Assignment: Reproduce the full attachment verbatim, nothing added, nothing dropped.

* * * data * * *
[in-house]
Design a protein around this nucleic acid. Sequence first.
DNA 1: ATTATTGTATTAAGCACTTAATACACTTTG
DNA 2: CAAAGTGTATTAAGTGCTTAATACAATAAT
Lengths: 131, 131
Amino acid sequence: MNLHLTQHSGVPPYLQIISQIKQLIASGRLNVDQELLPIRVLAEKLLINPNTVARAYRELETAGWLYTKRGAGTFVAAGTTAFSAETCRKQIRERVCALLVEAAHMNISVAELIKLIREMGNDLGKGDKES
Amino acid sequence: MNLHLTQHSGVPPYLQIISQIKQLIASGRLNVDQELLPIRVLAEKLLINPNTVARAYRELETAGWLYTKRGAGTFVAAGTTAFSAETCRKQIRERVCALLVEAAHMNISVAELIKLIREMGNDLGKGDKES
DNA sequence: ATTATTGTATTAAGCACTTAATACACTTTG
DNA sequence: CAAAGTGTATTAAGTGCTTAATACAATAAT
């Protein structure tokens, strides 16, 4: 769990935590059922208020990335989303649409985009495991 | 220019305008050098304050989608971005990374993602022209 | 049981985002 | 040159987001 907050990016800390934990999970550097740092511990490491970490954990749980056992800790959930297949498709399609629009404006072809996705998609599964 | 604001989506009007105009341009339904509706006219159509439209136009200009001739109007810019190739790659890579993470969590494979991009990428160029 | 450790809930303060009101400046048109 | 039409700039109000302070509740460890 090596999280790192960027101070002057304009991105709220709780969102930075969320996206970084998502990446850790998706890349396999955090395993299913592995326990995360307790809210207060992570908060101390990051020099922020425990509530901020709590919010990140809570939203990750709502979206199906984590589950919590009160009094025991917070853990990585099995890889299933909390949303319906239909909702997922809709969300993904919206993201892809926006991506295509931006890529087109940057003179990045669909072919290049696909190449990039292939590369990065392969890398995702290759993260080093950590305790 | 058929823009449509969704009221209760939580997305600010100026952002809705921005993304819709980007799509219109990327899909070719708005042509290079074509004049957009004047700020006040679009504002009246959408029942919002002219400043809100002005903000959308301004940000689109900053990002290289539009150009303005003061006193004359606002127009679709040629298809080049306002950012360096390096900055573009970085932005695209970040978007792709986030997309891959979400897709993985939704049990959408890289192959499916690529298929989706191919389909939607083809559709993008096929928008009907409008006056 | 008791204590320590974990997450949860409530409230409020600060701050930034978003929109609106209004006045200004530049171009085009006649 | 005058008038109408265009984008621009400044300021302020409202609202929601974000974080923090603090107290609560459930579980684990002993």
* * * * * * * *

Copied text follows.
[in-house]
Design a protein around this nucleic acid. Sequence first.
DNA 1: ATTATTGTATTAAGCACTTAATACACTTTG
DNA 2: CAAAGTGTATTAAGTGCTTAATACAATAAT
Lengths: 131, 131
Amino acid sequence: MNLHLTQHSGVPPYLQIISQIKQLIASGRLNVDQELLPIRVLAEKLLINPNTVARAYRELETAGWLYTKRGAGTFVAAGTTAFSAETCRKQIRERVCALLVEAAHMNISVAELIKLIREMGNDLGKGDKES
Amino acid sequence: MNLHLTQHSGVPPYLQIISQIKQLIASGRLNVDQELLPIRVLAEKLLINPNTVARAYRELETAGWLYTKRGAGTFVAAGTTAFSAETCRKQIRERVCALLVEAAHMNISVAELIKLIREMGNDLGKGDKES
DNA sequence: ATTATTGTATTAAGCACTTAATACACTTTG
DNA sequence: CAAAGTGTATTAAGTGCTTAATACAATAAT
């Protein structure tokens, strides 16, 4: 769990935590059922208020990335989303649409985009495991 | 220019305008050098304050989608971005990374993602022209 | 049981985002 | 040159987001 907050990016800390934990999970550097740092511990490491970490954990749980056992800790959930297949498709399609629009404006072809996705998609599964 | 604001989506009007105009341009339904509706006219159509439209136009200009001739109007810019190739790659890579993470969590494979991009990428160029 | 450790809930303060009101400046048109 | 039409700039109000302070509740460890 090596999280790192960027101070002057304009991105709220709780969102930075969320996206970084998502990446850790998706890349396999955090395993299913592995326990995360307790809210207060992570908060101390990051020099922020425990509530901020709590919010990140809570939203990750709502979206199906984590589950919590009160009094025991917070853990990585099995890889299933909390949303319906239909909702997922809709969300993904919206993201892809926006991506295509931006890529087109940057003179990045669909072919290049696909190449990039292939590369990065392969890398995702290759993260080093950590305790 | 058929823009449509969704009221209760939580997305600010100026952002809705921005993304819709980007799509219109990327899909070719708005042509290079074509004049957009004047700020006040679009504002009246959408029942919002002219400043809100002005903000959308301004940000689109900053990002290289539009150009303005003061006193004359606002127009679709040629298809080049306002950012360096390096900055573009970085932005695209970040978007792709986030997309891959979400897709993985939704049990959408890289192959499916690529298929989706191919389909939607083809559709993008096929928008009907409008006056 | 008791204590320590974990997450949860409530409230409020600060701050930034978003929109609106209004006045200004530049171009085009006649 | 005058008038109408265009984008621009400044300021302020409202609202929601974000974080923090603090107290609560459930579980684990002993």